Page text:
San Jose Mercury News
Trying to follow the turmoil in Iraq can be a bit like reading a Dostoevsky novel for the first time. The intricate plot can be confusing, you need a scorecard to keep the characters straight, but there’s plenty of far-reaching drama.
Make no mistake, there’s drama aplenty in Iraq now, and it is so far-reaching that it may affect us all.
The nation invaded by a U.S.-led coalition, torn apart by the ensuing war and struggling to rebuild since then is once again in disarray, and that isn’t good for anyone except arms dealers.
Insurgent forces known as ISIS, or Islamic State of Iraq al-Sham, systematically have taken stretches of territory controlled by the Iraqi government. ISIS militias have taken Mosul, the nation’s second-largest city, and are moving toward Baghdad against alarmingly impotent resistance.
The forces captured a huge oil refinery in northern Iraq and gained control of what used to be a chemical weapons facility the next day.
These guys are not your garden-variety zealots. They are so radical that even al-Qaida, from whence they arose, considers them extreme. Enough said.
Matters are so strange that there was talk about the U.S. teaming with Iran to help drive ISIS out. It’s a bad idea, but it demonstrates the moment’s seriousness.
Information is conflicting, muddled or tainted. But we are certain on a few things.
First is the obvious: Iraq is a mess. It has been since before we invaded in 2003. It’s possible that the huge divides between Shiites, Sunni and Kurds is so deep that modern Iraq is ungovernable.
Second, ISIS sees what most of us classify as terrorism as merely a means to an end. An Iraq ruled by this faction would be even more of a disaster than the current feckless government has created.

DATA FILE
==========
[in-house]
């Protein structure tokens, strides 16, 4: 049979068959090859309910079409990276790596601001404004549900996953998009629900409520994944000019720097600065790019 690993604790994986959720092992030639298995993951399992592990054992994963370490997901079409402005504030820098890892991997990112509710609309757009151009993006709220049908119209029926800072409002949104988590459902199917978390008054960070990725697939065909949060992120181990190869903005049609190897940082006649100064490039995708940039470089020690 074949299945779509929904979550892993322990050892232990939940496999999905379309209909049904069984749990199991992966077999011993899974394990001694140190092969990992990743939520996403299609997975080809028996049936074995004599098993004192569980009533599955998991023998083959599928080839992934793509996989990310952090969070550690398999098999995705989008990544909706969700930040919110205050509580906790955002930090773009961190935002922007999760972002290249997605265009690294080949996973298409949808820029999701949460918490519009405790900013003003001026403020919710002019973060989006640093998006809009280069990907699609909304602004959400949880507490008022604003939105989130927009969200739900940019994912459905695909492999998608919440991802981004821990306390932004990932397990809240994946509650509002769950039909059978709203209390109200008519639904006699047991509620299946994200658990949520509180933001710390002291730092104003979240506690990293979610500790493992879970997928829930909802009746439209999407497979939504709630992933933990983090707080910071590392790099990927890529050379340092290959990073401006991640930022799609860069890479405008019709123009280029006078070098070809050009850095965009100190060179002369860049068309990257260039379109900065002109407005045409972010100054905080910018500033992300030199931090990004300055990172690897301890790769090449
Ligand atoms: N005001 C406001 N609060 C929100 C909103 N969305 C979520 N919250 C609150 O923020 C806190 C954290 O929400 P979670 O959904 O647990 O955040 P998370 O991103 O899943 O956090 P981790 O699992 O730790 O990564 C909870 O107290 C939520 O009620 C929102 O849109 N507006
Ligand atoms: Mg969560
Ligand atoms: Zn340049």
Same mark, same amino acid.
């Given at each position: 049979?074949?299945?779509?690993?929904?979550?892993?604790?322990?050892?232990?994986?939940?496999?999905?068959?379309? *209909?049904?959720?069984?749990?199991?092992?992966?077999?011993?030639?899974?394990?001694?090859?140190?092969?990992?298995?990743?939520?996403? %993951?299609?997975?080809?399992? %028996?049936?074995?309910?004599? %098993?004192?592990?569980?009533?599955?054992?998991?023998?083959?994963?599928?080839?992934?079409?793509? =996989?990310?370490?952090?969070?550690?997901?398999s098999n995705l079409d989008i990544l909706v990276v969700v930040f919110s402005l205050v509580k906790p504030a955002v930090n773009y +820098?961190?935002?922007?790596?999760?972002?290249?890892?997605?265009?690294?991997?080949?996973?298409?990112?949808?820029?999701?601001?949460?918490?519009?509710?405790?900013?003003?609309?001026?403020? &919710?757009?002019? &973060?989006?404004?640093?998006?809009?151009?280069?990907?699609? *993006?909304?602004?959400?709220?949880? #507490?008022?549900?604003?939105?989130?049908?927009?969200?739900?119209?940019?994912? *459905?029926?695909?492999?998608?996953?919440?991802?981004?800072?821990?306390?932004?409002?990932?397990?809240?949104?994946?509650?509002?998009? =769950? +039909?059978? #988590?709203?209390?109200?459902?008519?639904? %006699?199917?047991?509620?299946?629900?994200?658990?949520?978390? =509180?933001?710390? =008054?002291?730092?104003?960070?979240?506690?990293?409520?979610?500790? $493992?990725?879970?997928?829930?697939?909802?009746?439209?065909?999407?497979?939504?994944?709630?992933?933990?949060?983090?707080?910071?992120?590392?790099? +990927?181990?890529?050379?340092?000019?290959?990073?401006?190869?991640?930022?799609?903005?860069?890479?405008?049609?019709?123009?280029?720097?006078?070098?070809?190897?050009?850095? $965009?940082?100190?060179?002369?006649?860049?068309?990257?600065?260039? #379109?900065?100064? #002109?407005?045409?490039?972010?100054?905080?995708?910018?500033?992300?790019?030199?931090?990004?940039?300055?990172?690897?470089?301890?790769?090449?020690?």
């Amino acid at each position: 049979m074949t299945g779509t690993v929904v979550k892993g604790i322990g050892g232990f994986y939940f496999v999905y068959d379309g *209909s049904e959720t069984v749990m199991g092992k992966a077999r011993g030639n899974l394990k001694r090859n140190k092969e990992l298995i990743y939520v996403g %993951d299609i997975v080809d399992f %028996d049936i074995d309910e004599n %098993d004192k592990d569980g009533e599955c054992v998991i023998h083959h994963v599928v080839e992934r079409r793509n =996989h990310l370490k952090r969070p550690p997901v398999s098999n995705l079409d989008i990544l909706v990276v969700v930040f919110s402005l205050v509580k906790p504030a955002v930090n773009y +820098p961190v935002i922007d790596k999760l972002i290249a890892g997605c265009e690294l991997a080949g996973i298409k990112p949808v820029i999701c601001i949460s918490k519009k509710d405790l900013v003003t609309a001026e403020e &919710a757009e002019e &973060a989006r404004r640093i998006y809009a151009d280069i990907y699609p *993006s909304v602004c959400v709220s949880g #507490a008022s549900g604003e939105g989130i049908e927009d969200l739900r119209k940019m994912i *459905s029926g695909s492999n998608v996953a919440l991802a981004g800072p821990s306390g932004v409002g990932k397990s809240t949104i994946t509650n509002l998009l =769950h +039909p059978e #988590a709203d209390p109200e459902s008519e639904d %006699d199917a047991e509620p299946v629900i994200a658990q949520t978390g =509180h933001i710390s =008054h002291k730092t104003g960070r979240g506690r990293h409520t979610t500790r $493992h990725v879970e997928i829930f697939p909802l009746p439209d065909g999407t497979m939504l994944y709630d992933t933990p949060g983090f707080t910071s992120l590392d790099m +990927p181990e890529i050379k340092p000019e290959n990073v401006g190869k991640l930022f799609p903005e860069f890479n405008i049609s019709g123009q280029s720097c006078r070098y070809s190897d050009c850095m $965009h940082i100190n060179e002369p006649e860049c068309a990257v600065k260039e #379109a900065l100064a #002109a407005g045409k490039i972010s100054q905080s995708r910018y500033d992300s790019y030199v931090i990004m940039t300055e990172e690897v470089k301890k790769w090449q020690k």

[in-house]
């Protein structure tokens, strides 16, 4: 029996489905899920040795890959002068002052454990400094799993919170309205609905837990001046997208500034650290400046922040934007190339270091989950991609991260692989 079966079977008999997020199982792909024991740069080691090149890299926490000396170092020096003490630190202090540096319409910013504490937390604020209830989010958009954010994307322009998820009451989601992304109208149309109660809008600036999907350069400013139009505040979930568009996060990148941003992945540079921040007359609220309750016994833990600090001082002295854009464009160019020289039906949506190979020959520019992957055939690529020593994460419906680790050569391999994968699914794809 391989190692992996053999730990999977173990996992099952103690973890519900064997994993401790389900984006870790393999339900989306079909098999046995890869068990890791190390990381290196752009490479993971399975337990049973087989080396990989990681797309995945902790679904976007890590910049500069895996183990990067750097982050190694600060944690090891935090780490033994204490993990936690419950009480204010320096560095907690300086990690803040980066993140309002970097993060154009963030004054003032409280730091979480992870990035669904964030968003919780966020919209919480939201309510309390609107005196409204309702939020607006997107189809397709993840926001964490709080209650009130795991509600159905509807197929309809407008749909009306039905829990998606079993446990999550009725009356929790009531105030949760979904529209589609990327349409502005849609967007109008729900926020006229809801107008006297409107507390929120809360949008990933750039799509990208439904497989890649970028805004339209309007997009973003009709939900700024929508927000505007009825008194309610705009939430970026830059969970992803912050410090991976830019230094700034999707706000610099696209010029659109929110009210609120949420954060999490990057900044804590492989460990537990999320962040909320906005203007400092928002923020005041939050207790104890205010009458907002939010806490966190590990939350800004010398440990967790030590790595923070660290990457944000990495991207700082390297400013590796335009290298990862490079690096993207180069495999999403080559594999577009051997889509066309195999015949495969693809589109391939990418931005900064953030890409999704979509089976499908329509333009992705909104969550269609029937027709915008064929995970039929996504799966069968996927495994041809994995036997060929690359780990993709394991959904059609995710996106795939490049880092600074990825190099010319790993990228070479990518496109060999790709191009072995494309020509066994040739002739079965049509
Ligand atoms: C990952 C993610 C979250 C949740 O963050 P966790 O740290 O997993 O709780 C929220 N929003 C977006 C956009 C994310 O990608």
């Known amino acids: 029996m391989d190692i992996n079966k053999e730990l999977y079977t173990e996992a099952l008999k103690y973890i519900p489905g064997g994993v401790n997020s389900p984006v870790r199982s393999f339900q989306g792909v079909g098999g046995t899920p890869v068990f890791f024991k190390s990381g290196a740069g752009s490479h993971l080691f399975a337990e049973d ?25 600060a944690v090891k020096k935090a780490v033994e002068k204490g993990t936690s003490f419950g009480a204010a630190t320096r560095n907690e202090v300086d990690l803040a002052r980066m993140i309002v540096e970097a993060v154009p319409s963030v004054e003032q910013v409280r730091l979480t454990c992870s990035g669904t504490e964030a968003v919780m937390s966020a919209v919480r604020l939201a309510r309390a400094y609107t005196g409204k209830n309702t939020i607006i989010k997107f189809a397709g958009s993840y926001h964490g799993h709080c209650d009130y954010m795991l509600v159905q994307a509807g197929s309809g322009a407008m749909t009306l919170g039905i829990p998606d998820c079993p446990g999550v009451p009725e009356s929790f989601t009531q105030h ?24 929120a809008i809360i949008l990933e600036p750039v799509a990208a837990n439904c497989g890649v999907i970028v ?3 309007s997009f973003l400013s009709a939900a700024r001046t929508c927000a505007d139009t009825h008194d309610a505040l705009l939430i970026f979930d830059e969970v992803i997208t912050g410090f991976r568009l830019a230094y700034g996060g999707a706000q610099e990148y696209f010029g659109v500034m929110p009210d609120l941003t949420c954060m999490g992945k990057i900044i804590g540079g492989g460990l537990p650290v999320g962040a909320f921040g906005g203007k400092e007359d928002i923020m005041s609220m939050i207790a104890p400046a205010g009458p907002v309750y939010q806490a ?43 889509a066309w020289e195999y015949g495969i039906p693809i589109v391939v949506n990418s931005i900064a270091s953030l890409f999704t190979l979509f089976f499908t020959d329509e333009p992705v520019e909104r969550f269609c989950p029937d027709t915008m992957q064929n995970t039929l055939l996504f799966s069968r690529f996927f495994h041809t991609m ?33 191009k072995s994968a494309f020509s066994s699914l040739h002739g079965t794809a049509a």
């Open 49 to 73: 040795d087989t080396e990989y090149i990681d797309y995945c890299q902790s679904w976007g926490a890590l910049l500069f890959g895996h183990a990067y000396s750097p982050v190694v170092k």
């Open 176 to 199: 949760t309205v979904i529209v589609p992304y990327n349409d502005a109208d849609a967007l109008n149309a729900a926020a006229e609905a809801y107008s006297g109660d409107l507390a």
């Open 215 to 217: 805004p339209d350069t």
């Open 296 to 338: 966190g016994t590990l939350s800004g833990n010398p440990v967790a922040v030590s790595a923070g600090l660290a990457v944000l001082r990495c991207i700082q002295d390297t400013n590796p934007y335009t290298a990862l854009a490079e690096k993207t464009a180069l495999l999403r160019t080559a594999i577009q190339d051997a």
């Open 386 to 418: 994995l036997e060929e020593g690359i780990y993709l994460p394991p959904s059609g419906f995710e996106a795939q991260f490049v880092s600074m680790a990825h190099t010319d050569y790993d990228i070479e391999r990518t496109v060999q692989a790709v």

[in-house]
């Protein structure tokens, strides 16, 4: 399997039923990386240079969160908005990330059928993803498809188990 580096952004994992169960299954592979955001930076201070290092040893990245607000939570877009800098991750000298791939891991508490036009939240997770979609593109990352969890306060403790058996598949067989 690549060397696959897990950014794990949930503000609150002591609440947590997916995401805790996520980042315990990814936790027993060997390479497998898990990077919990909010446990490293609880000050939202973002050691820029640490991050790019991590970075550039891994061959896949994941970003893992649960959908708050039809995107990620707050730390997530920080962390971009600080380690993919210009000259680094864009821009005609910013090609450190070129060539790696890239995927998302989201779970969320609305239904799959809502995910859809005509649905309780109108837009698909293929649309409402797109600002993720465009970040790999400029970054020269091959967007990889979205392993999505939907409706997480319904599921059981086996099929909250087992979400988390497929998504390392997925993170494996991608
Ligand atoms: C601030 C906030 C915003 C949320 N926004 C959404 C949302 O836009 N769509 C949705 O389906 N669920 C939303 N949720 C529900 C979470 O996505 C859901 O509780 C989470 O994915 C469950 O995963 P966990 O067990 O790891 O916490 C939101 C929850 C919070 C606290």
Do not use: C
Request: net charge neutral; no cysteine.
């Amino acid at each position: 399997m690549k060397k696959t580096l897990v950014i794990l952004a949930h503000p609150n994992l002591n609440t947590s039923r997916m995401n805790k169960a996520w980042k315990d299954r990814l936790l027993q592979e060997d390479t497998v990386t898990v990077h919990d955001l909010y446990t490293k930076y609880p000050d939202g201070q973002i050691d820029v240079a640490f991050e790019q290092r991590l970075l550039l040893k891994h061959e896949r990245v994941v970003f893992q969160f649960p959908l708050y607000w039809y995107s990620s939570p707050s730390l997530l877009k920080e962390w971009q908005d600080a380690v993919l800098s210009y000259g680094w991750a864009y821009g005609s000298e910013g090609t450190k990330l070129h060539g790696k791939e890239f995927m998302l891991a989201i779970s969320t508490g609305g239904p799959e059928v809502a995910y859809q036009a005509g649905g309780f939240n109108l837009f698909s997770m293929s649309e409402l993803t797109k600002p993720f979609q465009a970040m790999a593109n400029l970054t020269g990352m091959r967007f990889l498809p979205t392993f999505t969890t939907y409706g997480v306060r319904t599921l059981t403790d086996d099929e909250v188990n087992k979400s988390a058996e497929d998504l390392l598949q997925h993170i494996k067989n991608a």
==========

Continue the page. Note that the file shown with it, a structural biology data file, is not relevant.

Third, partisan bickering in this country helps not at all. It is irresponsible to treat this complex circumstance as if it can be resolved with pat, bumper-sticker solutions.
Fourth, Iraqi Prime Minister Nouri al-Maliki’s actions favoring his Shiite brethren are at least partly responsible for ISIS’ rise. The Obama administration has made it clear al-Maliki should leave.
But late last week Obama committed to sending military advisers and hinted the U.S. might employ airstrikes, if needed.
One thing we can conclude today is that sending U.S. ground troops back into Iraq is no answer.
The war that George W. Bush and Dick Cheney promised Americans would be as brief as it would be victorious instead has cost this nation much blood and treasure with paltry results.
Americans don’t have the stomach or political resolve to support another ground war.
It would only bring American families further heartache without offering a realistic chance of success.